Seattle employee in chemotherapy denied telecommuting amid coronavirus outbreak

Charlotte Taylor has been using paid sick leave and vacation days after her employer wouldn't let her work from home despite chronic health conditions. (KING)
Susannah Frame
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Updated:

SEATTLE (KING) — Top King County public health officials have urged employers across the region to allow employees to work remotely if possible, especially workers with compromised immune systems.

Despite that, the very same county has denied that request from a longtime employee who has asthma and an autoimmune disease that requires weekly chemotherapy treatments.

“It infuriates me because my life is at risk,” said 55-year-old Charlotte Taylor, who schedules court interpreters for people who don’t speak English. She’s worked at the King County Office of Interpreter Services for 17 years. “There’s absolutely no reason whatsoever that I couldn’t (work remotely).”

Taylor made the request on March 5 and supplied her superiors with a doctor’s note.

“Charlotte Taylor has known medical conditions that put her at increased risk for COVID-19,” wrote Dr. Lynne Bateson of Kaiser Permanente. “Patients at increased risk are advised to telecommute/work from home in order to protect them from potential exposure….please allow her to do so.”

On March 9, Taylor received an email from Kathryn Schipper, senior human resources consultant for King County Superior Court, denying the request.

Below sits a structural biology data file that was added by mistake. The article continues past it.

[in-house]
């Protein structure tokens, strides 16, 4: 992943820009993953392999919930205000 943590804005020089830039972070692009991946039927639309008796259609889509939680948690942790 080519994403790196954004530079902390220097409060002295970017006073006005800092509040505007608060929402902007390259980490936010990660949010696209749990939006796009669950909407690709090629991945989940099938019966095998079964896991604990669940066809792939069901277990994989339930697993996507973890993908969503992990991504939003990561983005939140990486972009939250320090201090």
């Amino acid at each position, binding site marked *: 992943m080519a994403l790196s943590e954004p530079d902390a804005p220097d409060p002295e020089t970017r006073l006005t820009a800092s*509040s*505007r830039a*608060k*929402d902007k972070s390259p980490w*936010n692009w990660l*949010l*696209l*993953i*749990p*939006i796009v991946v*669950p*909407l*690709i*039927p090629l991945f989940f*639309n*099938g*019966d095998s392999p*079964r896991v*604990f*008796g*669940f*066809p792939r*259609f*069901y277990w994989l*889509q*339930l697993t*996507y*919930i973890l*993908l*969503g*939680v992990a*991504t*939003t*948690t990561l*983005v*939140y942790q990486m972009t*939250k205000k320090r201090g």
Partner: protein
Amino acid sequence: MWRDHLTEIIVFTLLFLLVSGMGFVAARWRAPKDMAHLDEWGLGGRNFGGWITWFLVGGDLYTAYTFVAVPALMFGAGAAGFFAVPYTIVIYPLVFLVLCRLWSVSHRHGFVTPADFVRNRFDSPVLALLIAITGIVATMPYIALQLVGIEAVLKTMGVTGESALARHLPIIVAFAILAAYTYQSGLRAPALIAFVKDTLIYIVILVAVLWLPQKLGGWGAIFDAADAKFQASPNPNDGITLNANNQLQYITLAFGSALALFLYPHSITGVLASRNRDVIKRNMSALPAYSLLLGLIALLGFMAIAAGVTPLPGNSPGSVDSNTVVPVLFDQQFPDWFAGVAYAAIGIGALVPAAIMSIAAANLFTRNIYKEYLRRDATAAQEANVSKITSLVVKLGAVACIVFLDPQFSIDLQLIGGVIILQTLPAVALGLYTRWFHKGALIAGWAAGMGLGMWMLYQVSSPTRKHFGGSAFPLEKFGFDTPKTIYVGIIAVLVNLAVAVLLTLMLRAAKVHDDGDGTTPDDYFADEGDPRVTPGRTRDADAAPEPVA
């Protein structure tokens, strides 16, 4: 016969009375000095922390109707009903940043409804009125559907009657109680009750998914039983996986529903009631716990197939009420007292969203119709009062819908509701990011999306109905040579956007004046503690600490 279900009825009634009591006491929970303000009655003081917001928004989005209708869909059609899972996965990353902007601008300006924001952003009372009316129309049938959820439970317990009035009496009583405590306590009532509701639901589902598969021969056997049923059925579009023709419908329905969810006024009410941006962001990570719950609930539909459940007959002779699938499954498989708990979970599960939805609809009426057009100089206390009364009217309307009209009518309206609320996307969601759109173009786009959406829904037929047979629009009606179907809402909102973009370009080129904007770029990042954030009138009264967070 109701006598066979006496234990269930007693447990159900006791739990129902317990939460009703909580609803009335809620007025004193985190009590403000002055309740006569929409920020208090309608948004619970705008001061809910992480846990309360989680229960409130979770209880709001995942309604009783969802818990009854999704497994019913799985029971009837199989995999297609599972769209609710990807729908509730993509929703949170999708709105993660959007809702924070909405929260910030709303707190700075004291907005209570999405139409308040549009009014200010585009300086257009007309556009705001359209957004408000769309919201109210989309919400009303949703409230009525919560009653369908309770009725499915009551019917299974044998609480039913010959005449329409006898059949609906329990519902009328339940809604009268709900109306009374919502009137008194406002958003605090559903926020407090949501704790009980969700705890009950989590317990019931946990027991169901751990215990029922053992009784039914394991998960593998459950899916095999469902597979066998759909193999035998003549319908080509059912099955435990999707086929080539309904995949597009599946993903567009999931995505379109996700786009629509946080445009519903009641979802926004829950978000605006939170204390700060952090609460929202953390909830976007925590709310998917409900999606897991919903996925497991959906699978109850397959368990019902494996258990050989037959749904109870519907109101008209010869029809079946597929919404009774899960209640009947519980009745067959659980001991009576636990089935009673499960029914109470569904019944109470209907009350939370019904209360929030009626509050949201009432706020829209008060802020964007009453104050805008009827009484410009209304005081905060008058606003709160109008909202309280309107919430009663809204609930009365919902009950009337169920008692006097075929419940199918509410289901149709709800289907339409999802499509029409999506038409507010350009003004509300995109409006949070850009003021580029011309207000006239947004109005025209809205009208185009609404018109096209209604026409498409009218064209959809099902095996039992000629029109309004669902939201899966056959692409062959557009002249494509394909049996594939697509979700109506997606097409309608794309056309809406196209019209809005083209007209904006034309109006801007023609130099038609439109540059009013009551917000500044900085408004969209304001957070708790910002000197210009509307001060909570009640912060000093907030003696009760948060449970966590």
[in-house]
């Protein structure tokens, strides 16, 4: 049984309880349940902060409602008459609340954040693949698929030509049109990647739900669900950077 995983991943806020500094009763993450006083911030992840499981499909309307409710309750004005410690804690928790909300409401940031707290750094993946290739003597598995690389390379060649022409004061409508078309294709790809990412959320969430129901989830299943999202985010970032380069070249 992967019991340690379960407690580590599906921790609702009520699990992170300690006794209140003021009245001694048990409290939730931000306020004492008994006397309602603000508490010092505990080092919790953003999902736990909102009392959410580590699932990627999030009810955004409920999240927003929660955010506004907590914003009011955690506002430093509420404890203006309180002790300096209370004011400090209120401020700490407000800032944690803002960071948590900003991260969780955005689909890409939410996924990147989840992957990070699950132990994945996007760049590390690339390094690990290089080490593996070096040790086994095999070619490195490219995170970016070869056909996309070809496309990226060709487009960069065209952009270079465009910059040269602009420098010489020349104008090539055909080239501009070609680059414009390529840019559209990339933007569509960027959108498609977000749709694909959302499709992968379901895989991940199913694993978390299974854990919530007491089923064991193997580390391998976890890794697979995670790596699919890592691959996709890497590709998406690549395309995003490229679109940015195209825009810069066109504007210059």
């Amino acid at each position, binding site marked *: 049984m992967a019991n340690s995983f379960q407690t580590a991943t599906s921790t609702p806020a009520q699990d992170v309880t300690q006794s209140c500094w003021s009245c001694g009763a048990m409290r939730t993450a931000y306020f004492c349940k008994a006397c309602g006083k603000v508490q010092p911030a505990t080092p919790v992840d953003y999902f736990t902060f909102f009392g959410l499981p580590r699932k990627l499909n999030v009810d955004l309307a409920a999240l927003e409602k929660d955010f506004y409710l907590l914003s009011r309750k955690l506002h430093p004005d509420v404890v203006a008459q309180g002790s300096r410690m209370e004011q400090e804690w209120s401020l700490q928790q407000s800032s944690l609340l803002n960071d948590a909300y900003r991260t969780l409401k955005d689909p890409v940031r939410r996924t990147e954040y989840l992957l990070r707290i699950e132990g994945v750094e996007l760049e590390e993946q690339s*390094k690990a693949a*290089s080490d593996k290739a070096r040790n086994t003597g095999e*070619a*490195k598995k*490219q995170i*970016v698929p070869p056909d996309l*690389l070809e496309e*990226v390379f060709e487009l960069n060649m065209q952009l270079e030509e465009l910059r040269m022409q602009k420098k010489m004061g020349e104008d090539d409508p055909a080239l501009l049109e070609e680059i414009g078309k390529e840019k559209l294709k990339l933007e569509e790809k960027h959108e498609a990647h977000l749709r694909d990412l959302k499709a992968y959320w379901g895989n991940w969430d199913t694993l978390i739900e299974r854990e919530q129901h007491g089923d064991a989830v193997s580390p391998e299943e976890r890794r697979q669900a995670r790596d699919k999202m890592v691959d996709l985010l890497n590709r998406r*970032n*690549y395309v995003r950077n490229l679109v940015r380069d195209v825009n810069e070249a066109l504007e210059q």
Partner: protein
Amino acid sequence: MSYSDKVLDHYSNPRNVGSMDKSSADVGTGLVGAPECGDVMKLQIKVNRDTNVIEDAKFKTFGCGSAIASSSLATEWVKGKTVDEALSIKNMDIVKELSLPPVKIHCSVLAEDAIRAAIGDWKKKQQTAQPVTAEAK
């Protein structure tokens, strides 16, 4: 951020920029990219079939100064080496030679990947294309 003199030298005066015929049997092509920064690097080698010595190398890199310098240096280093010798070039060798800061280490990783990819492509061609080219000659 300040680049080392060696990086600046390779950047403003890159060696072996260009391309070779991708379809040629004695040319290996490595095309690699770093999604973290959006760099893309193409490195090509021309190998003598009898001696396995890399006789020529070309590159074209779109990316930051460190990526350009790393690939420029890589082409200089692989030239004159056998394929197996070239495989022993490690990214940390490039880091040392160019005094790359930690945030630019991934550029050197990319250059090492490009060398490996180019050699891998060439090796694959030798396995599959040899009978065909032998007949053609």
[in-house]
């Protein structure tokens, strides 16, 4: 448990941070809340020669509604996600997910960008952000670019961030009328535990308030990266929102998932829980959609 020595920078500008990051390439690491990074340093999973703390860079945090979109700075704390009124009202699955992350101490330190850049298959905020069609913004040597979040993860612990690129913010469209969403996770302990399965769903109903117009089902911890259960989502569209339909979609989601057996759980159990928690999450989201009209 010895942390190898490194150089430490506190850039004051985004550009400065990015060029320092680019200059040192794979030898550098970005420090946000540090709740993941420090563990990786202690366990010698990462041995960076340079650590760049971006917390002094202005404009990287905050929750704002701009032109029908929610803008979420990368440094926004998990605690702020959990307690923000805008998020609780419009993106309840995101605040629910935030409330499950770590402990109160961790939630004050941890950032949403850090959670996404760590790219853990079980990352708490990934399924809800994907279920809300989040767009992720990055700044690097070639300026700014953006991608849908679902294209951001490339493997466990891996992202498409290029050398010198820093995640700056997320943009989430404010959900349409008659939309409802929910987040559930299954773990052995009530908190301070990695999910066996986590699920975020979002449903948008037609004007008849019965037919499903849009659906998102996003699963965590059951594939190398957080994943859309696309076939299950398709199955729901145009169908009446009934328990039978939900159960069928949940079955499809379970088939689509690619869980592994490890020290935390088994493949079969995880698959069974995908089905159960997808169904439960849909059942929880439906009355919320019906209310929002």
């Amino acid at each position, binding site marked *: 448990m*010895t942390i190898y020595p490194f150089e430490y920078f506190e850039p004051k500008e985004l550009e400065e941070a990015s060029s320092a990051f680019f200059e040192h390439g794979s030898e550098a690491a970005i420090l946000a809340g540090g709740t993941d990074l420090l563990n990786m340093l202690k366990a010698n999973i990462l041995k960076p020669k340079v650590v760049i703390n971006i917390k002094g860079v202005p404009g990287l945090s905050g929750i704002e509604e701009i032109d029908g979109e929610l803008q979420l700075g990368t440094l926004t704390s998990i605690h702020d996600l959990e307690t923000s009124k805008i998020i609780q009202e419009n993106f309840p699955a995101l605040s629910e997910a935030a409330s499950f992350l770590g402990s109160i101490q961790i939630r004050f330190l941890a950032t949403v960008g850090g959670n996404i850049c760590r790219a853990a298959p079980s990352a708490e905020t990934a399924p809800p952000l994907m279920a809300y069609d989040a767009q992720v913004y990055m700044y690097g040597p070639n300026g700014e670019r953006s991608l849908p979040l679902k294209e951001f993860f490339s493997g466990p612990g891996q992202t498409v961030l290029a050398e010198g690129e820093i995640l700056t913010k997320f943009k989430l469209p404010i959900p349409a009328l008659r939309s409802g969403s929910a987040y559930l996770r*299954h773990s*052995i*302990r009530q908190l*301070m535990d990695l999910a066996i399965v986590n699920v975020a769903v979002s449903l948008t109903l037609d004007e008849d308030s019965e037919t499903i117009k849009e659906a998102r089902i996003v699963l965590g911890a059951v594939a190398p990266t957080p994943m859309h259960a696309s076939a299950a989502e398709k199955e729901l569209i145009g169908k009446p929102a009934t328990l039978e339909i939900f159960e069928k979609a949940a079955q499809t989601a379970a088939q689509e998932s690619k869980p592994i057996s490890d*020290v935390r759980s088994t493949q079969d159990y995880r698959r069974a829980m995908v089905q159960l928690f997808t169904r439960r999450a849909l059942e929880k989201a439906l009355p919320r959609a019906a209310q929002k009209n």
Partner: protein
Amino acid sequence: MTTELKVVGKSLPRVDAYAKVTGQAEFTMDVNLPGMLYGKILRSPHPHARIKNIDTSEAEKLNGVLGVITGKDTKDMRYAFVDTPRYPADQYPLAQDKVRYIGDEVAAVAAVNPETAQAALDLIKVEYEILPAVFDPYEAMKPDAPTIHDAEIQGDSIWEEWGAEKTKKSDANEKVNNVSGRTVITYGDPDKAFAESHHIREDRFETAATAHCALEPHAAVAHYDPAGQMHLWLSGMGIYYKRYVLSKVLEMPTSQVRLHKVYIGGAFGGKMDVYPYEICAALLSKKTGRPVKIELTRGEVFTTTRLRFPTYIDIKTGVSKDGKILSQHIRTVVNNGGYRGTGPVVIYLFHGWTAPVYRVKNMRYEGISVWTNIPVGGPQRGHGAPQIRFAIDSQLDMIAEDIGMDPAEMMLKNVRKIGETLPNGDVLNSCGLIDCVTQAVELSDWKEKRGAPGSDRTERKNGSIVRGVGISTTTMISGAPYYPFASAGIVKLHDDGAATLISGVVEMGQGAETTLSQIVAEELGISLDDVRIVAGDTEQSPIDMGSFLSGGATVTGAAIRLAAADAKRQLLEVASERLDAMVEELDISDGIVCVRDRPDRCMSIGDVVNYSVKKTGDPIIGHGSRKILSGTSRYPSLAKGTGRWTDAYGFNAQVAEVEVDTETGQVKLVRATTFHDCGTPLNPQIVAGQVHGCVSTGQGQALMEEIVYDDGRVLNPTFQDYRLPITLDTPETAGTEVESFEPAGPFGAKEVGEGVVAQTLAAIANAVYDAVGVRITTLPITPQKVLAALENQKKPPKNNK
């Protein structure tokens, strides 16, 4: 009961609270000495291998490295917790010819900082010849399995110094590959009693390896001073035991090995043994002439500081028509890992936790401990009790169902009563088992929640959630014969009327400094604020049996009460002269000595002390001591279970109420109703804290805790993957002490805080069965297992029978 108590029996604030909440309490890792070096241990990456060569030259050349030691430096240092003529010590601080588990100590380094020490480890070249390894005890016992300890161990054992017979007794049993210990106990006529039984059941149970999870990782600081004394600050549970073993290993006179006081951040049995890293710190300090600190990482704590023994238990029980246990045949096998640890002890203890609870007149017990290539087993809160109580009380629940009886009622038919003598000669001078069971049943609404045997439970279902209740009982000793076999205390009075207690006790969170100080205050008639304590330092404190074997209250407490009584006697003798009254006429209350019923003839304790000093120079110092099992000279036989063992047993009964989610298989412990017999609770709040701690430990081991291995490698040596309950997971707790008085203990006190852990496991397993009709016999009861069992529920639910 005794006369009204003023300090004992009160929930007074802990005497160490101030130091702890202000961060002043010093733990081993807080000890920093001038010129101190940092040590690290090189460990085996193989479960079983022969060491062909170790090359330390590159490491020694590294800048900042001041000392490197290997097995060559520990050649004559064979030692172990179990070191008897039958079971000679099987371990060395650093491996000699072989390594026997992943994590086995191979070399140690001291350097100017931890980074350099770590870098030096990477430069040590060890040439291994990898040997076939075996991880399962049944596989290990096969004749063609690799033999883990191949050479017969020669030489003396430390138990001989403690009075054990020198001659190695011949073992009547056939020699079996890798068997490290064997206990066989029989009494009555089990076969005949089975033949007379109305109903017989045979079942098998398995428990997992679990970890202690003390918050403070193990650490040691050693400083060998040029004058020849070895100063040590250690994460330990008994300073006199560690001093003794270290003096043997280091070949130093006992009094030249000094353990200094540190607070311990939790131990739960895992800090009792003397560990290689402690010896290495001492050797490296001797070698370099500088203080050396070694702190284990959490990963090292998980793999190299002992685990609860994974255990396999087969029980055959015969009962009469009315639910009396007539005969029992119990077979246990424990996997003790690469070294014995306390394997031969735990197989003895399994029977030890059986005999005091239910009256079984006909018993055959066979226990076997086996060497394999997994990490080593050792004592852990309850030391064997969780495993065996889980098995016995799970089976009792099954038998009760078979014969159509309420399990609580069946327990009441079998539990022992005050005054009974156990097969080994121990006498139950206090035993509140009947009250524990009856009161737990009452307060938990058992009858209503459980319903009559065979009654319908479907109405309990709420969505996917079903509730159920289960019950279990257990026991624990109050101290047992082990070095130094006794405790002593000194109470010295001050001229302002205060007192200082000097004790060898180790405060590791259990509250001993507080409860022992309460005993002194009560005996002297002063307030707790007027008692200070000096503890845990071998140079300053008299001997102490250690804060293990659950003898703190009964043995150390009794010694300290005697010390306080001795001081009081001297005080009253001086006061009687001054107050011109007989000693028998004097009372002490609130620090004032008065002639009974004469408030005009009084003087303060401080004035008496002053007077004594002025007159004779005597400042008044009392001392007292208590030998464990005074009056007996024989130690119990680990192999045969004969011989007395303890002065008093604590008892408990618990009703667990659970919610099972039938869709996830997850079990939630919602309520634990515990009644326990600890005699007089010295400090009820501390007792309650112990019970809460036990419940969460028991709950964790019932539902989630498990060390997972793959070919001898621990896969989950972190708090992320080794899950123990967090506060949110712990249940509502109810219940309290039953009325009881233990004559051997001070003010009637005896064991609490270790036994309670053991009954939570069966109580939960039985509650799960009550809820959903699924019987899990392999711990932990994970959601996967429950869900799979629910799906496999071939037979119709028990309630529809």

“Due to the nature of your work, telecommuting cannot be considered a reasonable accommodation at this time,” Schipper wrote.

Schipper also listed tasks that would prohibit Taylor from working remotely. They included assisting in-person customers, maintaining, cleaning, and troubleshooting assisted-listening device equipment for people with hearing loss, printing and organizing invoices, and making real-time scheduling adjustments.

“Due to staffing limitations, these duties cannot readily be performed by other Office of Interpreter Services staff. Our office must remain open to the public when the court is open for regular business, requiring adequate staff to be present,” Schipper wrote.

Taylor characterized the listed reasons as “bogus.” She said 99 percent of her work is conducted online and on the telephone, and that people rarely walk in for support.

“I feel let down by my employer,” Taylor said. “I also feel beat up. What am I supposed to do? Risk my life and go into work?”

Taylor has been staying home and using paid sick leave and vacation days, but those days have run out. Wednesday was her last day of paid leave.

Without accommodation of remote working, she will go without a paycheck beginning Thursday.

“I need to work. I’m the only worker in my house…no income means no money, no food, and no medicine,” Taylor said. “It’s not OK. It shouldn’t be acceptable.”

KING 5 reached out to the King County Superior Court Administration for comment but have not received a response yet.

Taylor said she hopes her superiors will change their minds.

“Please reconsider. Don’t allow me to become unemployed because I happen to have an illness.”